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The psychology of meta-ethics: exploring objectivism.
Cognition 2008; 106(3):1339-66C

Abstract

How do lay individuals think about the objectivity of their ethical beliefs? Do they regard them as factual and objective, or as more subjective and opinion-based, and what might predict such differences? In three experiments, we set out a methodology for assessing the perceived objectivity of ethical beliefs, and use it to document several novel findings. Experiment 1 showed that individuals tend to regard ethical statements as clearly more objective than social conventions and tastes, and almost as objective as scientific facts. Yet, there was considerable variation in objectivism, both across different ethical statements, and across individuals. The extent to which individuals treat ethical beliefs as objective was predicted by the way they grounded their ethical systems. Groundings which emphasize the religious, pragmatic, and self-identity underpinnings of ethical belief each independently predicted greater ethical objectivity. Experiment 2 replicated and extended these findings with a refined measure of ethical objectivism. Experiment 3 demonstrated the robustness of the religious grounding of ethics, and differentiates it from mere religious belief and from political orientation. The results shed light on the nature of ethical belief, and have implications for the resolution of ethical disputes.

Authors+Show Affiliations

Department of Psychology, Princeton University, Princeton, NJ 08544, USA. ggoodwin@princeton.eduNo affiliation info available

Pub Type(s)

Journal Article
Research Support, Non-U.S. Gov't

Language

eng

PubMed ID

17692306

Citation

Goodwin, Geoffrey P., and John M. Darley. "The Psychology of Meta-ethics: Exploring Objectivism." Cognition, vol. 106, no. 3, 2008, pp. 1339-66.
Goodwin GP, Darley JM. The psychology of meta-ethics: exploring objectivism. Cognition. 2008;106(3):1339-66.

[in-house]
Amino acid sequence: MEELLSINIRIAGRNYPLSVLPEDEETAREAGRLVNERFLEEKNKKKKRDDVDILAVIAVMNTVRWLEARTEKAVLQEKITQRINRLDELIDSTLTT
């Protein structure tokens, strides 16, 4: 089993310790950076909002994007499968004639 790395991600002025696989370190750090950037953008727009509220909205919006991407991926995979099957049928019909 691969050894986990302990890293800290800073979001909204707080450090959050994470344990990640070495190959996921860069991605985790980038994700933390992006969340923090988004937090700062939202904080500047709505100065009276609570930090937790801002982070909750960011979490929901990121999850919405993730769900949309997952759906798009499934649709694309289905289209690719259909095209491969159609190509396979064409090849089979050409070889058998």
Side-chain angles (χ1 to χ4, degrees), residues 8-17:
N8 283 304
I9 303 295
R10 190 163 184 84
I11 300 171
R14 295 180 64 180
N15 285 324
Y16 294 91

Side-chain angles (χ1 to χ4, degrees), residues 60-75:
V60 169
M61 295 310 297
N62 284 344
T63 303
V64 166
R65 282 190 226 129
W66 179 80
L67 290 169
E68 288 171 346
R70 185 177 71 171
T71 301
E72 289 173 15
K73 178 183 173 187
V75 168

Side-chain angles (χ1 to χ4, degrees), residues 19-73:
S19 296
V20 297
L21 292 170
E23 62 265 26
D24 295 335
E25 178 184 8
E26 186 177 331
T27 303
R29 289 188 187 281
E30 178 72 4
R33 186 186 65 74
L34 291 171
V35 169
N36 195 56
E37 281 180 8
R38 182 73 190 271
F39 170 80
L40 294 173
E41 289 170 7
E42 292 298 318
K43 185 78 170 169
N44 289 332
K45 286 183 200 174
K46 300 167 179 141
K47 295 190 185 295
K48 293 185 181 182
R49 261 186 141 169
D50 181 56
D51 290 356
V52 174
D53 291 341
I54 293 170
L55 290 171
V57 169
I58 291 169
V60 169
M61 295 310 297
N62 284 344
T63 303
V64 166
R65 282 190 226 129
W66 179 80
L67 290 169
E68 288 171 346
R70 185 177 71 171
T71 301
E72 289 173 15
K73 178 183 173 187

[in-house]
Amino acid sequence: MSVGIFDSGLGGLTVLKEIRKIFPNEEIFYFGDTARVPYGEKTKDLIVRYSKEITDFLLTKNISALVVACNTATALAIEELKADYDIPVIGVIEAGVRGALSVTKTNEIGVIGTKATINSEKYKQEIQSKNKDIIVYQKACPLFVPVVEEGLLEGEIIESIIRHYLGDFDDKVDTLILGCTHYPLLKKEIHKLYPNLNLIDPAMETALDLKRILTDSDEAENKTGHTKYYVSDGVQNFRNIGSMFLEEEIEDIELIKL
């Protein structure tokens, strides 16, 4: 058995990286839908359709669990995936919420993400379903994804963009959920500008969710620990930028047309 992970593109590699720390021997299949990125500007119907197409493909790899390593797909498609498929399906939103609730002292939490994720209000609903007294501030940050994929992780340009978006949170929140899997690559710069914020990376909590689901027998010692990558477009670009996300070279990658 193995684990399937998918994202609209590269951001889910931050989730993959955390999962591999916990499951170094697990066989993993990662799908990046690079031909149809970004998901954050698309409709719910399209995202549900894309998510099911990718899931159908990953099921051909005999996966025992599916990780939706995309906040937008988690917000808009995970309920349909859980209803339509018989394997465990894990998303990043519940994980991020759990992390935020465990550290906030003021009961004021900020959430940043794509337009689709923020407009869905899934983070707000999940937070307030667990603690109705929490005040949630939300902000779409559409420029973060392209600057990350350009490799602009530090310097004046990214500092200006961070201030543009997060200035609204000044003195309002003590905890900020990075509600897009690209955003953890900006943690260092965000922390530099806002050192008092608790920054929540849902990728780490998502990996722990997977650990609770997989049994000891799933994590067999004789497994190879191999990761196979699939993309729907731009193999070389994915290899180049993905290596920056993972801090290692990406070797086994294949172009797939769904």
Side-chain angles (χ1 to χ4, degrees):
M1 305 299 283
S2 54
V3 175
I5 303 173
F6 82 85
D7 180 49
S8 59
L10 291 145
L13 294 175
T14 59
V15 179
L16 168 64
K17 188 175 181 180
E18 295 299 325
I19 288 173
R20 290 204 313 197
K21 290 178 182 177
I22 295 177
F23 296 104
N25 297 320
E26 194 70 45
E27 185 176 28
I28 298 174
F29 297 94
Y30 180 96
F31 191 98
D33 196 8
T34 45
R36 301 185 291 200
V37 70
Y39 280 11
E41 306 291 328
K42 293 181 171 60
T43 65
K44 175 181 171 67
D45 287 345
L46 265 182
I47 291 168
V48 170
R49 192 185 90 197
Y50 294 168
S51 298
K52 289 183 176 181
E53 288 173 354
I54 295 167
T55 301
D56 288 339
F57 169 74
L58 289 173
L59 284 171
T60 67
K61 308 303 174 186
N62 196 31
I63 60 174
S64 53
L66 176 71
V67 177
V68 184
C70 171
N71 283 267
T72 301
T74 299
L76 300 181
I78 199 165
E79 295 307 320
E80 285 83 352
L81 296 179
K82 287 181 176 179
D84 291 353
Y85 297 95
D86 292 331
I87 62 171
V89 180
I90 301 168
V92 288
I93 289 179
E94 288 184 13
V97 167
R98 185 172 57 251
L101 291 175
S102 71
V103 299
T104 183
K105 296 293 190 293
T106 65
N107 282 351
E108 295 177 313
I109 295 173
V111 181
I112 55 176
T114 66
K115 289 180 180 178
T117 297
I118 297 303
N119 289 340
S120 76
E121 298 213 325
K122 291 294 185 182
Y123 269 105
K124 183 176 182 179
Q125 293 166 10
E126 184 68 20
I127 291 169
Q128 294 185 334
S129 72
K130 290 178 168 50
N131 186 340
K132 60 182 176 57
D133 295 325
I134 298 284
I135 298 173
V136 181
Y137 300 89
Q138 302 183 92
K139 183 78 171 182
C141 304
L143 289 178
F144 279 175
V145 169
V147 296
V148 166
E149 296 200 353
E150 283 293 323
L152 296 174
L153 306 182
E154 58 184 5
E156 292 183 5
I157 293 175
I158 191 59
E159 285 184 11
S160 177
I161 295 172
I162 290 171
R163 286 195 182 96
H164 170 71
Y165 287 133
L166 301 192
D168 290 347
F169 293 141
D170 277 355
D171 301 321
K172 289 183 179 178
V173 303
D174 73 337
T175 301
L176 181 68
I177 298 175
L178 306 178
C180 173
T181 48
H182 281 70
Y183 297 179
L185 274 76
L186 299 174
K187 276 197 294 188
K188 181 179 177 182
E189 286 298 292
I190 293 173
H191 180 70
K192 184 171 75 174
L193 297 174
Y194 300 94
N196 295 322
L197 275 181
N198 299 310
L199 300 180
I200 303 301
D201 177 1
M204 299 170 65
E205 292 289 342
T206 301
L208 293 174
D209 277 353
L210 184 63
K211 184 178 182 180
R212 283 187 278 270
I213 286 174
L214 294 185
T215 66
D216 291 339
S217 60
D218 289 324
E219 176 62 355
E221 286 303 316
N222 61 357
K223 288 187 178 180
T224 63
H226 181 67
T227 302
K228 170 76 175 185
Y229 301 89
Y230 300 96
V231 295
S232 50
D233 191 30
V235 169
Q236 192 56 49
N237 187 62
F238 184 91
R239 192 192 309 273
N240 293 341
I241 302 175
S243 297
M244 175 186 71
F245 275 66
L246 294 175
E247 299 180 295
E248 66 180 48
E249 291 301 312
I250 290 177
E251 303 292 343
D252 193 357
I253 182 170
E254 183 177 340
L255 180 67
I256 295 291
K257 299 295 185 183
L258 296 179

Goodwin, G. P., & Darley, J. M. (2008). The psychology of meta-ethics: exploring objectivism. Cognition, 106(3), pp. 1339-66.
Goodwin GP, Darley JM. The Psychology of Meta-ethics: Exploring Objectivism. Cognition. 2008;106(3):1339-66. PubMed PMID: 17692306.
* Article titles in AMA citation format should be in sentence-case
TY - JOUR T1 - The psychology of meta-ethics: exploring objectivism. AU - Goodwin,Geoffrey P, AU - Darley,John M, Y1 - 2007/08/09/ PY - 2006/10/26/received PY - 2007/05/29/revised PY - 2007/06/22/accepted PY - 2007/8/19/pubmed PY - 2008/4/22/medline PY - 2007/8/19/entrez SP - 1339 EP - 66 JF - Cognition JO - Cognition VL - 106 IS - 3 N2 - How do lay individuals think about the objectivity of their ethical beliefs? Do they regard them as factual and objective, or as more subjective and opinion-based, and what might predict such differences? In three experiments, we set out a methodology for assessing the perceived objectivity of ethical beliefs, and use it to document several novel findings. Experiment 1 showed that individuals tend to regard ethical statements as clearly more objective than social conventions and tastes, and almost as objective as scientific facts. Yet, there was considerable variation in objectivism, both across different ethical statements, and across individuals. The extent to which individuals treat ethical beliefs as objective was predicted by the way they grounded their ethical systems. Groundings which emphasize the religious, pragmatic, and self-identity underpinnings of ethical belief each independently predicted greater ethical objectivity. Experiment 2 replicated and extended these findings with a refined measure of ethical objectivism. Experiment 3 demonstrated the robustness of the religious grounding of ethics, and differentiates it from mere religious belief and from political orientation. The results shed light on the nature of ethical belief, and have implications for the resolution of ethical disputes. SN - 0010-0277 UR - https://www.unboundmedicine.com/medline/citation/17692306/The_psychology_of_meta_ethics:_exploring_objectivism_ L2 - https://linkinghub.elsevier.com/retrieve/pii/S0010-0277(07)00176-X DB - PRIME DP - Unbound Medicine ER -